You do not need to have these discussions all at once. Leave the door open for your teen to come with you with their concerns. In the mean time if you do not feel you know enough about contraceptives, new designer drugs, or, where teens now are drinking then arm yourself with information. All that you need to know is on the Internet and there are organizations that will help direct you as a parent to what you need to know. Again, you goal is not a well researched, lecture to give to your teen, put to give them accurate answers. If your teen asks you questions to things that you do not understand , be honest and tell them you will find out. If your teen is open to it ; go online so you can find out the answers together. You have to walk a fine line of being an authority figure and being someone your teen views as a friend effectively to talk to your teen.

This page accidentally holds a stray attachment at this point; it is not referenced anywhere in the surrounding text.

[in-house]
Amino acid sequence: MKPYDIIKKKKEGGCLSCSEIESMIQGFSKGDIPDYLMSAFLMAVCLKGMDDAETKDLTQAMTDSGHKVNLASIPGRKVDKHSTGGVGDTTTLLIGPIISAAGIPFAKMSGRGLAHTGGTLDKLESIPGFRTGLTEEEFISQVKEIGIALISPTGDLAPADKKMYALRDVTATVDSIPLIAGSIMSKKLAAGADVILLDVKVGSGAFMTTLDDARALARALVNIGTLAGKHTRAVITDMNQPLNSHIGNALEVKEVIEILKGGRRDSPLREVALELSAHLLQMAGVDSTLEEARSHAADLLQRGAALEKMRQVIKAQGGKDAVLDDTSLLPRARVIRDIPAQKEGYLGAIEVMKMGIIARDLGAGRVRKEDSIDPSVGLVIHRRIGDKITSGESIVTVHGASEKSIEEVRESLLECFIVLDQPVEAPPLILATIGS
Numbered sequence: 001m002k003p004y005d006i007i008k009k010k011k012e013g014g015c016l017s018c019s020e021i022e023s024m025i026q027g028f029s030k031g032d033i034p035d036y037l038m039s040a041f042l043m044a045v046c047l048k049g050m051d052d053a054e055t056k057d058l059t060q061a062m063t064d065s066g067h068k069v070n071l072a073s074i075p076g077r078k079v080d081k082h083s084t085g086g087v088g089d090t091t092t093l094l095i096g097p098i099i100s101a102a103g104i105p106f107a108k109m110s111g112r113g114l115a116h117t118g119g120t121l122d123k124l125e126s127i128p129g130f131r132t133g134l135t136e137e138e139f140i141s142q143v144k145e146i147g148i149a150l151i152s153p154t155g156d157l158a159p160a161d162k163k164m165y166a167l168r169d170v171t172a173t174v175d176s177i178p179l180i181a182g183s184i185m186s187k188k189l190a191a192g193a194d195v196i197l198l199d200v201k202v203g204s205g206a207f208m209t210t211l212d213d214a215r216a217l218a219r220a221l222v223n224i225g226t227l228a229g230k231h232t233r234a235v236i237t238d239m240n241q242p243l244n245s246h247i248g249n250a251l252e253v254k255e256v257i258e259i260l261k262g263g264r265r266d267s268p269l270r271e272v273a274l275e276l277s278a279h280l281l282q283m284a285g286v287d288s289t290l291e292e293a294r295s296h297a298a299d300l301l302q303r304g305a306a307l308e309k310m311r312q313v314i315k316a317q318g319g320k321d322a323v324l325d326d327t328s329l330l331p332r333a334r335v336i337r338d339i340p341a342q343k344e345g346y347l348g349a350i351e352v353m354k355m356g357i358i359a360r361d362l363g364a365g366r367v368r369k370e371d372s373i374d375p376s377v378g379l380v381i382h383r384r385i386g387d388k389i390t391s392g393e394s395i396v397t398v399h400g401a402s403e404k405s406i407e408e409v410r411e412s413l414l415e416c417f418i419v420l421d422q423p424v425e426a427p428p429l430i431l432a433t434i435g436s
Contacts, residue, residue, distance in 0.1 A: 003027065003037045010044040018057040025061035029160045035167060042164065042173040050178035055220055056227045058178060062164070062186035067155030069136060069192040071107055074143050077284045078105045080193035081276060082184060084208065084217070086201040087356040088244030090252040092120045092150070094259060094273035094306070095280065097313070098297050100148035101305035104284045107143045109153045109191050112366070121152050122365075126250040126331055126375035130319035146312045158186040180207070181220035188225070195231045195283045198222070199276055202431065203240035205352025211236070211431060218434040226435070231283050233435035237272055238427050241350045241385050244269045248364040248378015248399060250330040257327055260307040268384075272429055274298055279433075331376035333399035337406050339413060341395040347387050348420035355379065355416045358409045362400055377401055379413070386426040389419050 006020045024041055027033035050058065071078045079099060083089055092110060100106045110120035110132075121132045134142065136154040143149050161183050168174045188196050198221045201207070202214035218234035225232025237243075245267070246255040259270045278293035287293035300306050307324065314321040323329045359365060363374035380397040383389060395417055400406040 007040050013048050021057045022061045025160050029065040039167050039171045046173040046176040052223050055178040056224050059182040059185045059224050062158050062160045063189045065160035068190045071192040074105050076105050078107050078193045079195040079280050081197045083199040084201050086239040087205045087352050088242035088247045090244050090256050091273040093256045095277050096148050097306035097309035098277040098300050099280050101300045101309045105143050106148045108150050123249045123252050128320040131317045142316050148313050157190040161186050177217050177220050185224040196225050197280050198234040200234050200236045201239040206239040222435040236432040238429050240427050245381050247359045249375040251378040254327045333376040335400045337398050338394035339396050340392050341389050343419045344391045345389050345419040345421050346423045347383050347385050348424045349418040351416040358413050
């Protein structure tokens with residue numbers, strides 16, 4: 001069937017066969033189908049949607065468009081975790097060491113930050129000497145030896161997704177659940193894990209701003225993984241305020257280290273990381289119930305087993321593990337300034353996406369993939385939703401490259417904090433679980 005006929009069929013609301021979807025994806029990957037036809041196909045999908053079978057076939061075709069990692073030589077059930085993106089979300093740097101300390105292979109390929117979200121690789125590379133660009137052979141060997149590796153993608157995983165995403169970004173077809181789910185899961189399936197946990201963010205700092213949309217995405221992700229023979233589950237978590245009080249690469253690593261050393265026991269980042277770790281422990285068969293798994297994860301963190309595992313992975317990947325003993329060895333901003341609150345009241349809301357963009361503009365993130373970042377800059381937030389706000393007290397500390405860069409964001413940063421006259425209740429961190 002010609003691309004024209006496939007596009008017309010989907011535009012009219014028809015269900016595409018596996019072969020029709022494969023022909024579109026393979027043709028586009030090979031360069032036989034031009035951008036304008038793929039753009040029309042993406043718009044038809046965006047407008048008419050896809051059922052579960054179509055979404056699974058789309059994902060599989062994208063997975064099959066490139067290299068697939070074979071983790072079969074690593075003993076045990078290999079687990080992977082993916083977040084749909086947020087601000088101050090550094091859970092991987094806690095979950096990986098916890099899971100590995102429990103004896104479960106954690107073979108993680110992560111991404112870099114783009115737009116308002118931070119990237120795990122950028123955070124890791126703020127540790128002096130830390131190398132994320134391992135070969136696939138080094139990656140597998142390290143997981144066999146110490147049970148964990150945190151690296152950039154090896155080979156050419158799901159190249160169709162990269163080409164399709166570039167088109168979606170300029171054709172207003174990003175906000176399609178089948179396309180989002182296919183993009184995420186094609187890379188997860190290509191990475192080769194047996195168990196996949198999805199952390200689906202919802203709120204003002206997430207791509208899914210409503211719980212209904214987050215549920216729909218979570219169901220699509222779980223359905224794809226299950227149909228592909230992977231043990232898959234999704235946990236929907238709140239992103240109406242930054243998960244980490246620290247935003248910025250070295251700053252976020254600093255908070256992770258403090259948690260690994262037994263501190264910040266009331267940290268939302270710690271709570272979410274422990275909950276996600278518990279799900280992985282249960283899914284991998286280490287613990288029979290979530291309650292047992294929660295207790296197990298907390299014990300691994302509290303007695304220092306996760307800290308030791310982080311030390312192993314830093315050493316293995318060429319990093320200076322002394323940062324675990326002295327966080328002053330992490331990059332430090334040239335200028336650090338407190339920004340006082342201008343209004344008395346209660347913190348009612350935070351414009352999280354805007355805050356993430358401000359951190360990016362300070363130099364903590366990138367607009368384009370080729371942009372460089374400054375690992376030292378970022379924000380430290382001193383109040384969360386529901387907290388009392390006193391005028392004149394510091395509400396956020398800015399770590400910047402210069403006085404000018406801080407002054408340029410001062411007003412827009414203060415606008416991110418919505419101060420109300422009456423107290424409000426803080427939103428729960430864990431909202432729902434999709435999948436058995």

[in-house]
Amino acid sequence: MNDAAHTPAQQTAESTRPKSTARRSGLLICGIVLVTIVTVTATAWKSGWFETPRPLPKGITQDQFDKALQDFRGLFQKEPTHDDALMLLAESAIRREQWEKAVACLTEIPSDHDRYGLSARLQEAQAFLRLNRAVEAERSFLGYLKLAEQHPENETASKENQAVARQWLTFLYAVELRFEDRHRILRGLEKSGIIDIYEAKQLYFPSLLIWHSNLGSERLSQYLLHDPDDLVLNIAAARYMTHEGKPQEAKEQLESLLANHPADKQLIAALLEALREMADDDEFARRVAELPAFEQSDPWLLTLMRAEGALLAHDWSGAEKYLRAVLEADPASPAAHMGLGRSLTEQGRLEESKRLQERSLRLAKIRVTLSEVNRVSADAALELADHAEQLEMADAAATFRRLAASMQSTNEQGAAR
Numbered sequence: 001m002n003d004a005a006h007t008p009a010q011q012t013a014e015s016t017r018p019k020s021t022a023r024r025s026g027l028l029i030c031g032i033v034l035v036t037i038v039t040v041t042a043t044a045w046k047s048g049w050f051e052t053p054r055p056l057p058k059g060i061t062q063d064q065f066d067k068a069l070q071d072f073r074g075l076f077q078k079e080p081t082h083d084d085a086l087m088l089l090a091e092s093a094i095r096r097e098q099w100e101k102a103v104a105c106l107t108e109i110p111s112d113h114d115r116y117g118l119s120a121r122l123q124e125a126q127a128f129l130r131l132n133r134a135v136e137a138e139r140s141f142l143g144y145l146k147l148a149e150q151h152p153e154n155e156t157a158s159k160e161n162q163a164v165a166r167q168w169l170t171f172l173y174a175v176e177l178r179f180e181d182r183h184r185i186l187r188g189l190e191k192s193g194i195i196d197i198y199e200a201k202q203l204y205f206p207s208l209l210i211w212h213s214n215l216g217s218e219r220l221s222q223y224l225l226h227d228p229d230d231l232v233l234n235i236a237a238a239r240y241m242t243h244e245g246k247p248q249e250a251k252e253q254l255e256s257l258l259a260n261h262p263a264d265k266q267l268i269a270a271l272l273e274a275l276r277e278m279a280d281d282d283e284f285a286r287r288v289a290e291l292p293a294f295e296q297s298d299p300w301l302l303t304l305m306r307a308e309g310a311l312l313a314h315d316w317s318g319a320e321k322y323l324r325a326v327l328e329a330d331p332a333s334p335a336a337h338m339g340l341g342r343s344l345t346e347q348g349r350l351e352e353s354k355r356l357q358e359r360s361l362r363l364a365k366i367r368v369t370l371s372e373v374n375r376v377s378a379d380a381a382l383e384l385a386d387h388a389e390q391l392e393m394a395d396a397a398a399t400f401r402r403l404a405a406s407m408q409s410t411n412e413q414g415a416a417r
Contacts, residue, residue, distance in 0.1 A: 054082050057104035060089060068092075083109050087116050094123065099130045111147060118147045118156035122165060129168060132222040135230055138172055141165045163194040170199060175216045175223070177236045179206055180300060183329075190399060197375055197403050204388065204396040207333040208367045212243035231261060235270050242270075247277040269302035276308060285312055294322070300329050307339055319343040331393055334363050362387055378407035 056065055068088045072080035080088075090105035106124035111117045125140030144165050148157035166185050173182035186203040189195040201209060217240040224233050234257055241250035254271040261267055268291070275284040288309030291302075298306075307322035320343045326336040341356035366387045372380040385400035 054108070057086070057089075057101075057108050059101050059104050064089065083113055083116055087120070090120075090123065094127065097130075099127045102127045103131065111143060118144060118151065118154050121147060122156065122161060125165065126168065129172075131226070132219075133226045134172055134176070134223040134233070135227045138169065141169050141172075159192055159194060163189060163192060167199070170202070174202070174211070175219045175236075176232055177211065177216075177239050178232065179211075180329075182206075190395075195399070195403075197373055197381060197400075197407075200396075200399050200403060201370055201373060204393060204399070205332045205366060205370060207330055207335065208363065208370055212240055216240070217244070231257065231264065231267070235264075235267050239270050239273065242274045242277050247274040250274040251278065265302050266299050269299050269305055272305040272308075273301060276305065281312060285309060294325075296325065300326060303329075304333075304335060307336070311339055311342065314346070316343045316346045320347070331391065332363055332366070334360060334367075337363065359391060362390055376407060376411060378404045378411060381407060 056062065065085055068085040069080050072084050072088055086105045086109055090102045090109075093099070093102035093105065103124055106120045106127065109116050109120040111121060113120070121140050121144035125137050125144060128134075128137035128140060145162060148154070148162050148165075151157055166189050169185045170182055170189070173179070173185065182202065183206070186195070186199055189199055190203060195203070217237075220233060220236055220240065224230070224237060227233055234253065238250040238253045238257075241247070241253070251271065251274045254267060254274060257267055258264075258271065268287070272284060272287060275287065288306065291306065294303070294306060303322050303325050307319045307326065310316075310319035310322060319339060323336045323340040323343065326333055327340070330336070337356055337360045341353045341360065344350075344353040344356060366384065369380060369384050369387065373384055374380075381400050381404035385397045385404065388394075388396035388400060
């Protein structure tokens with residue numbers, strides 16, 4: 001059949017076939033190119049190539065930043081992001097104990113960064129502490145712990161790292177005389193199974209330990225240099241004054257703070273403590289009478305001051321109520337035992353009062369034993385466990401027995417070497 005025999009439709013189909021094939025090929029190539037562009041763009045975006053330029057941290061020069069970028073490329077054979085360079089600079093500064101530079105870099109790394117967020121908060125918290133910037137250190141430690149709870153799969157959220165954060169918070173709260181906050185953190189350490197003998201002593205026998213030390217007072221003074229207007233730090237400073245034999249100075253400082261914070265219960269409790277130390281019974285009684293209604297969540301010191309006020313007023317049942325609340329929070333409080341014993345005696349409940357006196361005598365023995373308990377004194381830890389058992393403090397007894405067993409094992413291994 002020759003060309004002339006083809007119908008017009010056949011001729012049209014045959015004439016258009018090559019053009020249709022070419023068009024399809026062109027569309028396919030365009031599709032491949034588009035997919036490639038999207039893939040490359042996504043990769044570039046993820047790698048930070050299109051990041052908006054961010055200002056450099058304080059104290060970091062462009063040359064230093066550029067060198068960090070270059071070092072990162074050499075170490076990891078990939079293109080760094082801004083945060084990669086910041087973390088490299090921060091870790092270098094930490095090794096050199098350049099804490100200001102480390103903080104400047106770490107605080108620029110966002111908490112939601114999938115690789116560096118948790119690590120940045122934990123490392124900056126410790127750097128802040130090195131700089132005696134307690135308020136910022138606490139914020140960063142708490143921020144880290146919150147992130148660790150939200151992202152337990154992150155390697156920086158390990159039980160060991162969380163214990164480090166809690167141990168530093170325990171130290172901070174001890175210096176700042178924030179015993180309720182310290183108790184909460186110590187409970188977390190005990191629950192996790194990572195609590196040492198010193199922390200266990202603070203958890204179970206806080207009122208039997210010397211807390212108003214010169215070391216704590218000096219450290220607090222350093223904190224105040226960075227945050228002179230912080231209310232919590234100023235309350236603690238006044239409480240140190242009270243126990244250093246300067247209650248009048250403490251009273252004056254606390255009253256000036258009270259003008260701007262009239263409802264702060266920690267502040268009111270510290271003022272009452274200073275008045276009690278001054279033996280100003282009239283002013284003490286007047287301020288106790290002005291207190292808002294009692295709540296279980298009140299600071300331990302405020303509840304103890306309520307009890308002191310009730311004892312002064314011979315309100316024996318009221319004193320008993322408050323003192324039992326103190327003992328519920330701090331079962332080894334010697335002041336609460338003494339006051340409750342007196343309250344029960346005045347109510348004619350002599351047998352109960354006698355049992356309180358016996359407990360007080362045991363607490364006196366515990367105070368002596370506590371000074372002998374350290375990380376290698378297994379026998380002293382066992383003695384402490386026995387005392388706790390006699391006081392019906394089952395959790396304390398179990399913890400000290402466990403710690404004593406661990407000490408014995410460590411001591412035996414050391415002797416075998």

If your teen has made poor decisions in the past or comes to you in the future be there for them in a way that does not drive them away. If you son has had unprotected sex be willing to take them to the health clinic to be checked for STD’s. If your daughter shows she is being sexually active be willing to help her obtain birth control and learn how to protect herself for diseases. We cannot undo the bad decisions are teens have made we can simply practice damage control. If you do not approve of your teen being sexually active you can voice your disapproval, but it is more important, you help your teen stay safe and healthy then pretend to be abstinent .We cannot prevent our kids from making decisions that we do not approve of we can only help them learn to deal with them as they become responsible adults.